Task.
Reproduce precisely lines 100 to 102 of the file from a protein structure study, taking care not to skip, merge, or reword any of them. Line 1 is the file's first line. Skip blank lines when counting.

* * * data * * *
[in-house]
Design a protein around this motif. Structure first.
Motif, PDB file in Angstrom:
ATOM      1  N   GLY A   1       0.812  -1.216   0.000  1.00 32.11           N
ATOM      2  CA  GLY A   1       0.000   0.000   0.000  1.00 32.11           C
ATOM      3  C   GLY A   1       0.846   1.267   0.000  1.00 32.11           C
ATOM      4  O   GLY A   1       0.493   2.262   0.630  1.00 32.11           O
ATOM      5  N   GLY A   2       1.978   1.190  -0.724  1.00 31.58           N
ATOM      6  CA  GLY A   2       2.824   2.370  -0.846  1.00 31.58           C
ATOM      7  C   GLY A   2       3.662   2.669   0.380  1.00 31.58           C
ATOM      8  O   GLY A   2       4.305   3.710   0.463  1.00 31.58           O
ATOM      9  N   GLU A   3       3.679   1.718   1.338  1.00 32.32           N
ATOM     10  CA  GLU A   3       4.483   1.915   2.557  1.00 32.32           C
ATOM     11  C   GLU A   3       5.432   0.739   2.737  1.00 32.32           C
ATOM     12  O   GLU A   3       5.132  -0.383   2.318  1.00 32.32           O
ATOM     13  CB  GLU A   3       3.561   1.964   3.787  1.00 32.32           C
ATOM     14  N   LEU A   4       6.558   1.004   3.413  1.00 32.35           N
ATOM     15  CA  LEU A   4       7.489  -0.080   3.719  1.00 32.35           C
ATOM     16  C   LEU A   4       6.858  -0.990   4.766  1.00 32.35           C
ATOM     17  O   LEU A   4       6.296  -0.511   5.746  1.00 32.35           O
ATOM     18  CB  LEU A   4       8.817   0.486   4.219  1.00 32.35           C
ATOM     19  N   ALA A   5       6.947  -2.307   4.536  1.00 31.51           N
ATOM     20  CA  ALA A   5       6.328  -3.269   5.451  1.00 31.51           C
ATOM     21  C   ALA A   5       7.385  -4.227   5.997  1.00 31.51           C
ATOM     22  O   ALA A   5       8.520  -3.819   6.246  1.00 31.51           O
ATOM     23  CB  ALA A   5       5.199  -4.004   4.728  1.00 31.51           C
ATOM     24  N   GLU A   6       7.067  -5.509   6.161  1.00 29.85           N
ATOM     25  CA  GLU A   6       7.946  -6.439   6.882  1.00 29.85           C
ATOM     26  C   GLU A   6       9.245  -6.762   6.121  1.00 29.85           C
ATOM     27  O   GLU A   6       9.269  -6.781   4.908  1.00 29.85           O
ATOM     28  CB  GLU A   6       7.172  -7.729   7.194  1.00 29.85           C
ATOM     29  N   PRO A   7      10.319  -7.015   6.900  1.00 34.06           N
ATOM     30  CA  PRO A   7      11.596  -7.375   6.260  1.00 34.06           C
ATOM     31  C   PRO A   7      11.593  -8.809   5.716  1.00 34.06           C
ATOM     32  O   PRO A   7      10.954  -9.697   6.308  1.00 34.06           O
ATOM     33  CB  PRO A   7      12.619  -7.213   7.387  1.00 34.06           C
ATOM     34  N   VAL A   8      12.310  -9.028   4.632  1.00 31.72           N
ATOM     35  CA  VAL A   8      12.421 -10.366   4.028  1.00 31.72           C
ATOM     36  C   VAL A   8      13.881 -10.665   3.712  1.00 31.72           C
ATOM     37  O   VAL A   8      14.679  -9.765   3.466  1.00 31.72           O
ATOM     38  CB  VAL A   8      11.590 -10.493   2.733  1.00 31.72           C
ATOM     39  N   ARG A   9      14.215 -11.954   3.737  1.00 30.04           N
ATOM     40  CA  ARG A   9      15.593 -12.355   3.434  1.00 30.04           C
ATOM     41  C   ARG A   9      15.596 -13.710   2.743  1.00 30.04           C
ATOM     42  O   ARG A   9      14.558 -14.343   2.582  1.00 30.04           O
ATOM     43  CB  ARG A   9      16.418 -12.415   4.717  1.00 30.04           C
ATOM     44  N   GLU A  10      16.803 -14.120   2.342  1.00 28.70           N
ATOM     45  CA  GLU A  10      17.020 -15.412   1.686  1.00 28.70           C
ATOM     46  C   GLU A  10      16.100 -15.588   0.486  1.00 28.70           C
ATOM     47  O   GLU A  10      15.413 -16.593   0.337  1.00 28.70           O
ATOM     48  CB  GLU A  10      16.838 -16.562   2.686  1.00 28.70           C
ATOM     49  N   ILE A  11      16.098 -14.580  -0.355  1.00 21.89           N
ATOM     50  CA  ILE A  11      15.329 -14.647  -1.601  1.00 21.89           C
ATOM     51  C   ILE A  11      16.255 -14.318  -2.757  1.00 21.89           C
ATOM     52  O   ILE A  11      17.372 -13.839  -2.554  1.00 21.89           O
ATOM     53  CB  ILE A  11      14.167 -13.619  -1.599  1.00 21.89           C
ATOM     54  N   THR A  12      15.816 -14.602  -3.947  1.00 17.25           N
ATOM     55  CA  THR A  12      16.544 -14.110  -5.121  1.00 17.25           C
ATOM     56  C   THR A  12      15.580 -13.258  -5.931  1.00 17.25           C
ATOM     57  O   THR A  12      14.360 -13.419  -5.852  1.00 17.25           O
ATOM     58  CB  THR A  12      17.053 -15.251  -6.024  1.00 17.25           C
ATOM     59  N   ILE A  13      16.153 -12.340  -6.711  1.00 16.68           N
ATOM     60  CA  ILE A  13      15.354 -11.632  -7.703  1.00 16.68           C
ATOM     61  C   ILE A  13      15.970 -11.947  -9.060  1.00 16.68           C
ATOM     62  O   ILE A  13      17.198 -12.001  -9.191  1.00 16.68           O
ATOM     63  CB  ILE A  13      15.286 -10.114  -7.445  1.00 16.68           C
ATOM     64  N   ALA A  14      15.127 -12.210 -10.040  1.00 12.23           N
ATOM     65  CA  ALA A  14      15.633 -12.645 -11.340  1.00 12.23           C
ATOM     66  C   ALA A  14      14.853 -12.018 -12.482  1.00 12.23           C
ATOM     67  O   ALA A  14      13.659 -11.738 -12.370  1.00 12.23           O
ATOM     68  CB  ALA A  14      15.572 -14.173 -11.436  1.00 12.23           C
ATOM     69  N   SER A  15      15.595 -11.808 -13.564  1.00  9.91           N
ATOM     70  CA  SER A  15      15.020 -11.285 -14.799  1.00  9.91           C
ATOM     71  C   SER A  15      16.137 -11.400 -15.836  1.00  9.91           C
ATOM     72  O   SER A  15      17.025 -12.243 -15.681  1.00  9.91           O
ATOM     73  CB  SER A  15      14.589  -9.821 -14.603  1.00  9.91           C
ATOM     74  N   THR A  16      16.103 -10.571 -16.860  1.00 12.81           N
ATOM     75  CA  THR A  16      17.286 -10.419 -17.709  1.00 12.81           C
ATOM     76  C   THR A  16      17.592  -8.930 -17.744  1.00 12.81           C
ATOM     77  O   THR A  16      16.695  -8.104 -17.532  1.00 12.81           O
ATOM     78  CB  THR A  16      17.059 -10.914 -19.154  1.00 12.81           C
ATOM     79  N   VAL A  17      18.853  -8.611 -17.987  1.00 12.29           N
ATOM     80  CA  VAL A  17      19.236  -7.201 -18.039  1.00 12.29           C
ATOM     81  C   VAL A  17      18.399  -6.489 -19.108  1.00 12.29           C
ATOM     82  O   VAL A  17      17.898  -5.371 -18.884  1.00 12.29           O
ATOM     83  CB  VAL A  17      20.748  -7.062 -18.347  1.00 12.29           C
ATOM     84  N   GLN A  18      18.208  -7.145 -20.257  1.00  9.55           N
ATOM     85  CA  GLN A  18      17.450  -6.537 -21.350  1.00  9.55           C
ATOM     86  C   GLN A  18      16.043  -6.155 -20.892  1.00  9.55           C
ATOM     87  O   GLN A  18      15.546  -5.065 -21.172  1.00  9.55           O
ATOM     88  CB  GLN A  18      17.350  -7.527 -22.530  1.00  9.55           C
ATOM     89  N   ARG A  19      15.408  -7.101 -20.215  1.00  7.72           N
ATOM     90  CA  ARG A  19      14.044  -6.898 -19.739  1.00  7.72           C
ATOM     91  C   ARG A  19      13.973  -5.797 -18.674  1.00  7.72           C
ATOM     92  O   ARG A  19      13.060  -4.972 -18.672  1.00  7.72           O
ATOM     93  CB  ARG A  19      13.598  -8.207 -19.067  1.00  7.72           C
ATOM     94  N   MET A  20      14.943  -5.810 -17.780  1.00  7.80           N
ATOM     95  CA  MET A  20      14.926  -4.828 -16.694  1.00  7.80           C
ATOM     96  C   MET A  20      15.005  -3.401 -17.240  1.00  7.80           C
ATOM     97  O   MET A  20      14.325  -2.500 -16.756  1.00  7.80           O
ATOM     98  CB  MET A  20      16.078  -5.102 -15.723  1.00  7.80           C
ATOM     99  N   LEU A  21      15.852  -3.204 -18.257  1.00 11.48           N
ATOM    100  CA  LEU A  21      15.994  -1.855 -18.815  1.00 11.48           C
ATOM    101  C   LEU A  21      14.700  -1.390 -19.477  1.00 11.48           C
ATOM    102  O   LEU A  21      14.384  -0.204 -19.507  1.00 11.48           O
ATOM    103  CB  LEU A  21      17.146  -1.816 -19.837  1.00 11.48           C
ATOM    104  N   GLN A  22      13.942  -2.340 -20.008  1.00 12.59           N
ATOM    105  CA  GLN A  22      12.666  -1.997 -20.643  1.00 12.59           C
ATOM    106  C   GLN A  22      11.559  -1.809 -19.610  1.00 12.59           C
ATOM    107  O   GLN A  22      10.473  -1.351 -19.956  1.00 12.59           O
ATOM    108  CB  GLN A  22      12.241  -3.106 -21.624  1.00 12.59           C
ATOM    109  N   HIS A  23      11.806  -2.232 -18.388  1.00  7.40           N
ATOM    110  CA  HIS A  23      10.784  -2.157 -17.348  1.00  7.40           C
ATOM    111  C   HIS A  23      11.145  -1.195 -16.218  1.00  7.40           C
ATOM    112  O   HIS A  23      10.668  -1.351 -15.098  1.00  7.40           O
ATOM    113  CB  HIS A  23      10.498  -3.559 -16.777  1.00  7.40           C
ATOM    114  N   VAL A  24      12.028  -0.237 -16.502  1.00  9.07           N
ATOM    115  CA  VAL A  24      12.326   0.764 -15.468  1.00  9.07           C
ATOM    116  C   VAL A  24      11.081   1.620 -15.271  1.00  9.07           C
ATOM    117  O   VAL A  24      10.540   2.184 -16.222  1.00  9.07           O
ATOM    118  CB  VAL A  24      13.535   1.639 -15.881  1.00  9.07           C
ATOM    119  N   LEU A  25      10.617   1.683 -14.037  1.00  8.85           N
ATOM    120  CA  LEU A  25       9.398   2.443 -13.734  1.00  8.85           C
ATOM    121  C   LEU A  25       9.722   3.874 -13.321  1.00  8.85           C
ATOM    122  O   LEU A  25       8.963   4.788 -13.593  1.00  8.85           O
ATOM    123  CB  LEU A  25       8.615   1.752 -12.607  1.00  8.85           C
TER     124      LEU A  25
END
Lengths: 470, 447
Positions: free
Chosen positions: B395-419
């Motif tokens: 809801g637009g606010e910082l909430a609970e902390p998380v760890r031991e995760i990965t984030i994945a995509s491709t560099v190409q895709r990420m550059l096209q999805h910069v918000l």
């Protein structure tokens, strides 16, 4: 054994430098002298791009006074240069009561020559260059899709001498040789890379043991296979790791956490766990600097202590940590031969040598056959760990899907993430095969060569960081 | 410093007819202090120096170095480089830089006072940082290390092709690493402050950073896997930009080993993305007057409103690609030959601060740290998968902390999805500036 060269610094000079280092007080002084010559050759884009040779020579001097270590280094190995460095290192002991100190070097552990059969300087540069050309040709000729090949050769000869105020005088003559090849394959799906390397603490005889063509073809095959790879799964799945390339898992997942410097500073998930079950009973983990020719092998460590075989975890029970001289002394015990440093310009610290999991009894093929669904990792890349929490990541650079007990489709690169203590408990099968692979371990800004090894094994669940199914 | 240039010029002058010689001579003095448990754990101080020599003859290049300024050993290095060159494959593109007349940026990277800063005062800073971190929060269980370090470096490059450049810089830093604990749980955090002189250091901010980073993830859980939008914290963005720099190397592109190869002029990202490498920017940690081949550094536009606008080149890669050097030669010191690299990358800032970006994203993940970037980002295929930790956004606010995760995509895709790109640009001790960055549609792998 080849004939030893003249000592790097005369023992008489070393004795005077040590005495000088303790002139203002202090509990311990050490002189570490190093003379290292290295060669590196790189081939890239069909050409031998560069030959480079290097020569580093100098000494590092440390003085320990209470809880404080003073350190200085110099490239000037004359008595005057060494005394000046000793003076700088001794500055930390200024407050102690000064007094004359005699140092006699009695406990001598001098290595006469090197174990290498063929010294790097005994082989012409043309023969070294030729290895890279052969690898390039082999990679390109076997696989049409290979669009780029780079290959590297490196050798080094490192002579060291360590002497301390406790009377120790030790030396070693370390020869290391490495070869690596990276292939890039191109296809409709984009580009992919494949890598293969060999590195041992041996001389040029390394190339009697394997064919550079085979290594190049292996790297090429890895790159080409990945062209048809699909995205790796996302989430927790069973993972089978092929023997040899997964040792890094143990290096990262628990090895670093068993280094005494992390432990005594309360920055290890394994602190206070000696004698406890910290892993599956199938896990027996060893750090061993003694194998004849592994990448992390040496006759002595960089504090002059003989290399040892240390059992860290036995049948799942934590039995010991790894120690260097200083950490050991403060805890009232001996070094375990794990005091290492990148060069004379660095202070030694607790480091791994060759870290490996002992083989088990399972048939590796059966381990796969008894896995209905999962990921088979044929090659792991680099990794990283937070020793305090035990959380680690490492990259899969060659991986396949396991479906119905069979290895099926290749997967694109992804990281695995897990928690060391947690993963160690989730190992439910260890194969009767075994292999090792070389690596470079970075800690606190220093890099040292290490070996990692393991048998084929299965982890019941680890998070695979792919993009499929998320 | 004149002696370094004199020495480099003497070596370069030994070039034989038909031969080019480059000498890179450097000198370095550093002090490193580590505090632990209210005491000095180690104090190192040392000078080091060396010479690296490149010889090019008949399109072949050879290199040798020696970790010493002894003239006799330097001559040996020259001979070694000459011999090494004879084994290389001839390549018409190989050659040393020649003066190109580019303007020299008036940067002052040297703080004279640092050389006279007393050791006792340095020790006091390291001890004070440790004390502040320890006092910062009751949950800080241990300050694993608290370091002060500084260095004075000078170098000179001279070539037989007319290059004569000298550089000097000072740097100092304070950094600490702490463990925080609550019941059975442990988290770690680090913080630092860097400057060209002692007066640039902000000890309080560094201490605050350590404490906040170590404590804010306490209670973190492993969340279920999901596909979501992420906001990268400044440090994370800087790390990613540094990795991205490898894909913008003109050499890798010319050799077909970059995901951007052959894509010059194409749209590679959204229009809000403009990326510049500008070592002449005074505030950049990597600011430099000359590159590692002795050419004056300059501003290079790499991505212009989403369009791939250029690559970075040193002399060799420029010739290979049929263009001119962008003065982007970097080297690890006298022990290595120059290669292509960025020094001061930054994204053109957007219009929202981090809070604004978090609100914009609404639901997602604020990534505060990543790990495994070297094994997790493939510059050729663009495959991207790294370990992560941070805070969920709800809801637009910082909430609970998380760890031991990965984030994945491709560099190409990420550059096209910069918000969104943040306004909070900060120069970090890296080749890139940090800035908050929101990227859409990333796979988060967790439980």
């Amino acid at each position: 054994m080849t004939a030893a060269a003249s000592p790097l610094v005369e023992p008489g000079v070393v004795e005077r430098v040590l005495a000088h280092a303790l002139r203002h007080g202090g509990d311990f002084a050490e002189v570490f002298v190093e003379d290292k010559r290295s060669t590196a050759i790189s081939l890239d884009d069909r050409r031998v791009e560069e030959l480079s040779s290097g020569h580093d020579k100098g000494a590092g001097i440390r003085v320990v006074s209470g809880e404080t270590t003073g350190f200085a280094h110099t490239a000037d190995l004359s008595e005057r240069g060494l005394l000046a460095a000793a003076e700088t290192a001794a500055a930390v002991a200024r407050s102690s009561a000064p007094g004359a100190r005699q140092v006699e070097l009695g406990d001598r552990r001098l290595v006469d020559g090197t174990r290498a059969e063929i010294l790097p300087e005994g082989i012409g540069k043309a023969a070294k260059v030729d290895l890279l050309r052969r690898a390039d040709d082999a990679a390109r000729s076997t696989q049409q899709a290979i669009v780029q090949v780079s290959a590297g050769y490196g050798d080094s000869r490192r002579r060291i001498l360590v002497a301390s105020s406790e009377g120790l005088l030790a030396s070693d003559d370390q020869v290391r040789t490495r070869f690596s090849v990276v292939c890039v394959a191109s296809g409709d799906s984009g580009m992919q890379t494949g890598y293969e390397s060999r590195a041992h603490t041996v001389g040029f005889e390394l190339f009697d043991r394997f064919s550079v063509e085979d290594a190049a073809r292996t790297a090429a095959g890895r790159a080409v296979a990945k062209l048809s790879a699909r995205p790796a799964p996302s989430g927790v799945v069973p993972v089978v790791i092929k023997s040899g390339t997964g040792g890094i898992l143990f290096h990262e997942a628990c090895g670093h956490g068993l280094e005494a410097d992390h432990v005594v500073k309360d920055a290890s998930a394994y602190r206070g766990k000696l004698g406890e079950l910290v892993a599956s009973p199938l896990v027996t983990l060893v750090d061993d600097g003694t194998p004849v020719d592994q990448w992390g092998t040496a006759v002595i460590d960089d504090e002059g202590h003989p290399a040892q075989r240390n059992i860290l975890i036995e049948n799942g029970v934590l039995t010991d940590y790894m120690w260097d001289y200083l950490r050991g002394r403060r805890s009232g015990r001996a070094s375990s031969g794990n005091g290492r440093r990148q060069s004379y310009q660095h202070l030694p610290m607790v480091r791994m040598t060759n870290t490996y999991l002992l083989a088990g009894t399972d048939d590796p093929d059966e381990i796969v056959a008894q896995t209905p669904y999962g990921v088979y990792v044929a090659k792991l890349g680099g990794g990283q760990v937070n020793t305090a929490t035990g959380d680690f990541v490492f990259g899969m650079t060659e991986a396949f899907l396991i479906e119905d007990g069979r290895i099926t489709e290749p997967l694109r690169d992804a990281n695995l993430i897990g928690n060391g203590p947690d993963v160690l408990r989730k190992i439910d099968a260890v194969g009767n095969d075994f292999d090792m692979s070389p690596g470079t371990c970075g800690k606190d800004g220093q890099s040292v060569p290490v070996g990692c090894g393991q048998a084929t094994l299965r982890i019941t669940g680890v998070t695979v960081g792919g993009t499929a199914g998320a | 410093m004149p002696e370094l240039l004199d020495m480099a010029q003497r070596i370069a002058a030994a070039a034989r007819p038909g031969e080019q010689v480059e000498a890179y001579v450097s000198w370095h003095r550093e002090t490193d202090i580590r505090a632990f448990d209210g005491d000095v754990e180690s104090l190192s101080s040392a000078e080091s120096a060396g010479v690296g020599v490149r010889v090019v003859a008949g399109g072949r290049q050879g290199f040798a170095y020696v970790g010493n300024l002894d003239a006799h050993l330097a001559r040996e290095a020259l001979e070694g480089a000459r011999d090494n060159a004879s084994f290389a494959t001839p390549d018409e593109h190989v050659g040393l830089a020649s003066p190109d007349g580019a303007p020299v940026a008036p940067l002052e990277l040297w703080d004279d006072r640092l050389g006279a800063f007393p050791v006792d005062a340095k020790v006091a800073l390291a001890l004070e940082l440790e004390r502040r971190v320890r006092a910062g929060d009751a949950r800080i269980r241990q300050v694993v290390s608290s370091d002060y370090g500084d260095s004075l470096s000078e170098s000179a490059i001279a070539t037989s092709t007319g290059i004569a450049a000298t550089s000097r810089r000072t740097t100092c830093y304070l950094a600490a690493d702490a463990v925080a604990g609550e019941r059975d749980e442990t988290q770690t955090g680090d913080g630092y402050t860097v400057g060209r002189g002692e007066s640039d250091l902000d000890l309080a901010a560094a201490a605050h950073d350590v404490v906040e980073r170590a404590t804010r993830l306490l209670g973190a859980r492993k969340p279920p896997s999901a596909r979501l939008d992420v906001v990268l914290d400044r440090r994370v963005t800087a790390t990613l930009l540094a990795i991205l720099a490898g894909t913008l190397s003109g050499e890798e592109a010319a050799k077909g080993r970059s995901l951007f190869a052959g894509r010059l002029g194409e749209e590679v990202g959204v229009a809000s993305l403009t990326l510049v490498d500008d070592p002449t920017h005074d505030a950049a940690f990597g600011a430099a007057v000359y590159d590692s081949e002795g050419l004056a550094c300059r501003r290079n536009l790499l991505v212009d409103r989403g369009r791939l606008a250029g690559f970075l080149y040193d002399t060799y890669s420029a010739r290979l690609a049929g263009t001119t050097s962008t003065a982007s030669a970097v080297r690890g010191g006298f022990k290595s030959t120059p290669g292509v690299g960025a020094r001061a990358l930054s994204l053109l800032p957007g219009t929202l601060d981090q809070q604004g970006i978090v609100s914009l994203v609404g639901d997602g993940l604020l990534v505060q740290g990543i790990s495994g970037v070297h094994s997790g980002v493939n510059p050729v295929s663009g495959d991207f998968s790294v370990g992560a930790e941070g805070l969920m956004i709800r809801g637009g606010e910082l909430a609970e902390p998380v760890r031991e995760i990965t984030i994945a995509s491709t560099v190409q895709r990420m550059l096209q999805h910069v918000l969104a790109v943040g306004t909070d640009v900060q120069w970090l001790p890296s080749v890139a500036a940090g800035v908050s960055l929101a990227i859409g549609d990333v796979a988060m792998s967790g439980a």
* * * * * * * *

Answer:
ATOM     97  O   MET A  20      14.325  -2.500 -16.756  1.00  7.80           O
ATOM     98  CB  MET A  20      16.078  -5.102 -15.723  1.00  7.80           C
ATOM     99  N   LEU A  21      15.852  -3.204 -18.257  1.00 11.48           N